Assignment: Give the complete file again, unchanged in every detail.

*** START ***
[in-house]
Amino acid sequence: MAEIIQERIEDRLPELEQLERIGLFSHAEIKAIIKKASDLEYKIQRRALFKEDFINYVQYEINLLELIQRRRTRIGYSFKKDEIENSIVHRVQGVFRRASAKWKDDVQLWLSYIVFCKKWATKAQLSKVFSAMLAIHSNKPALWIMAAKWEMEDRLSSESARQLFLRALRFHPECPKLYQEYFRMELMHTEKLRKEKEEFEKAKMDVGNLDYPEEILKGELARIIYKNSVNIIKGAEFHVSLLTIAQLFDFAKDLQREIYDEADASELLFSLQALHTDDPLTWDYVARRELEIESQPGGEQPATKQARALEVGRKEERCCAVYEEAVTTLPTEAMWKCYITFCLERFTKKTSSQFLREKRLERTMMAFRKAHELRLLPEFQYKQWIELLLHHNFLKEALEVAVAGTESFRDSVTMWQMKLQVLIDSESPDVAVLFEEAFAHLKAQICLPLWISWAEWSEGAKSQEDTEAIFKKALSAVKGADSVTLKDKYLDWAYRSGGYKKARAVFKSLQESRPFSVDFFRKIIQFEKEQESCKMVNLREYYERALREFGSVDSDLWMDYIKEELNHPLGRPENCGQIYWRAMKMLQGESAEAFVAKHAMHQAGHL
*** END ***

[in-house]
Amino acid sequence: MAEIIQERIEDRLPELEQLERIGLFSHAEIKAIIKKASDLEYKIQRRALFKEDFINYVQYEINLLELIQRRRTRIGYSFKKDEIENSIVHRVQGVFRRASAKWKDDVQLWLSYIVFCKKWATKAQLSKVFSAMLAIHSNKPALWIMAAKWEMEDRLSSESARQLFLRALRFHPECPKLYQEYFRMELMHTEKLRKEKEEFEKAKMDVGNLDYPEEILKGELARIIYKNSVNIIKGAEFHVSLLTIAQLFDFAKDLQREIYDEADASELLFSLQALHTDDPLTWDYVARRELEIESQPGGEQPATKQARALEVGRKEERCCAVYEEAVTTLPTEAMWKCYITFCLERFTKKTSSQFLREKRLERTMMAFRKAHELRLLPEFQYKQWIELLLHHNFLKEALEVAVAGTESFRDSVTMWQMKLQVLIDSESPDVAVLFEEAFAHLKAQICLPLWISWAEWSEGAKSQEDTEAIFKKALSAVKGADSVTLKDKYLDWAYRSGGYKKARAVFKSLQESRPFSVDFFRKIIQFEKEQESCKMVNLREYYERALREFGSVDSDLWMDYIKEELNHPLGRPENCGQIYWRAMKMLQGESAEAFVAKHAMHQAGHL